“Detailed chemical measurements in Antarctic ice cores show that massive, halogen-rich eruptions from the West Antarctic Mt. Takahe volcano coincided exactly with the onset of the most rapid, widespread Climate Change in the Southern Hemisphere during the end of the last ice age,” said Joseph McConnell, Professor at the Desert Research Institute (DRI) in Nevada, US.

The Climate Change that began approximately 17,700 years ago included a sudden poleward shift in the westerly winds encircling Antarctica with corresponding changes in sea ice extent, ocean circulation and ventilation of the deep ocean.

Evidence of Climate Change like this is found in many parts of the Southern Hemisphere and in different paleoclimate archives, but what prompted these changes has remained largely unexplained.

“We postulate that these halogen-rich eruptions created a stratospheric ozone hole over Antarctica that, analogous to the modern ozone hole, led to large-scale changes in atmospheric circulation and hydro climate throughout the Southern Hemisphere,” McConnell said.

Furthermore, the fallout from these eruptions – containing elevated levels of hydrofluoric acid and toxic heavy metals – extended at least 2,800 kilometers from Mt. Takahe and likely reached southern South America.

For the study, McConnell’s ice core laboratory enabled high-resolution measurements of ice cores extracted from remote regions of the Earth, such as Greenland and Antarctica.

One such ice core, known as the West Antarctic Ice Sheet Divide (WAIS Divide) core was drilled to a depth of more than 3,405 meters, and much of it was analyzed in the Desert Research Institute Ultra-Trace Laboratory for more than 30 different elements and chemical species.

Additional analyses and modeling studies critical to support the authors’ findings were made by collaborating institutions around the US and the world.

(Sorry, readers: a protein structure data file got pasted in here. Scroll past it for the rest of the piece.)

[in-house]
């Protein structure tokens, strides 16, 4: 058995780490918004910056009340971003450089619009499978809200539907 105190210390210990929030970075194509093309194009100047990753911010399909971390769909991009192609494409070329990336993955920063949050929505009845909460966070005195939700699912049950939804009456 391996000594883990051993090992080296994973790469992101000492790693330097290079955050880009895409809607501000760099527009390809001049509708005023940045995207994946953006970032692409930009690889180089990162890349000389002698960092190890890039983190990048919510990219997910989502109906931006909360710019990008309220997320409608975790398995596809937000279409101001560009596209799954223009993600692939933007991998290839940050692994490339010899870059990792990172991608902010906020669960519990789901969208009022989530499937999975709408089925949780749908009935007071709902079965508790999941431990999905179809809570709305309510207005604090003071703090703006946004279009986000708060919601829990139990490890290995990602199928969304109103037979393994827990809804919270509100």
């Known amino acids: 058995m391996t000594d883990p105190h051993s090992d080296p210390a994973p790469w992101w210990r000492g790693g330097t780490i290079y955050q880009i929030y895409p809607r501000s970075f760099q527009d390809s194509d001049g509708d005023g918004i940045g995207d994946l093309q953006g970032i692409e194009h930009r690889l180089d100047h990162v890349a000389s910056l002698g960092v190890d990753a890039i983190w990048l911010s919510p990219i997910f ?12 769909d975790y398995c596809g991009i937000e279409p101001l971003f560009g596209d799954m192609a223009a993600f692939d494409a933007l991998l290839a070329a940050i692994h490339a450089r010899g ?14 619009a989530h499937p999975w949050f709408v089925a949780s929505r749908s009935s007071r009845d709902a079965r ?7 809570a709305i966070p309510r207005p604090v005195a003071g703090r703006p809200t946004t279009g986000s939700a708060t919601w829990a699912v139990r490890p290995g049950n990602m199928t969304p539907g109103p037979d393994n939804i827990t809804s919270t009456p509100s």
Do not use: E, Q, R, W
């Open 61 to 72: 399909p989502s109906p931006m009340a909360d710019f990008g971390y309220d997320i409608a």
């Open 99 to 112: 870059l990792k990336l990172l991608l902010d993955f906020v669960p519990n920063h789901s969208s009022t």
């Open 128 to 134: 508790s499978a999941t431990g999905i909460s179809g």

“These precise, high-resolution records illustrate that the chemical anomaly observed in the WAIS Divide ice core was the result of a series of eruptions of Mt. Takahe located 350 kilometers to the north,” Monica Arienzo, Assistant Research Professor at DRI, said. (IANS)

Next Story

Largest Volcanic Region on Earth Discovered in Antarctica

"The big question is: how active are these volcanoes? That is something we need to determine as quickly as possible,"

0
16
The largest volcanic region is below the ice sheets in west Antarctica
Largest volcanic region discovered in Antarctica. Pixabay
  • The largest volcanic region on Earth has been discovered in west Antarctica 
  • The newly discovered volcanoes range in height from 100 to 3,850 m
  • These active peaks are concentrated in a region known as the west Antarctic rift system

London, August 15, 2017: The largest volcanic region on Earth — with nearly 100 volcanoes — has been discovered two km below the surface of the vast ice sheet in west Antarctica.

Researchers from the University of Edinburgh in Britain found a staggering 91 previously unknown volcanoes, adding to the 47 others that had been discovered over the previous century of exploring the region.

These newly discovered volcanoes range in height from 100 to 3,850 m, with the highest almost as tall as Switzerland’s 3,970-m Eiger mountain.

These active peaks are concentrated in a region known as the west Antarctic rift system — which stretches 3,500 km from Antarctica’s Ross ice shelf to the Antarctic peninsula.

According to geologists, this huge region is likely to dwarf east Africa’s volcanic ridge — currently rated as the densest concentration of volcanoes in the world.

ALSO READVenus could have active volcanoes, says research

However, the activity of this range could have worrying consequences, glacier expert Robert Bingham was quoted as saying to the Guardian.

“If one of these volcanoes were to erupt it could further destabilise west Antarctica’s ice sheets,” Bingham warned.

“Anything that causes the melting of ice, which an eruption certainly would, is likely to speed up the flow of ice into the sea,” he said.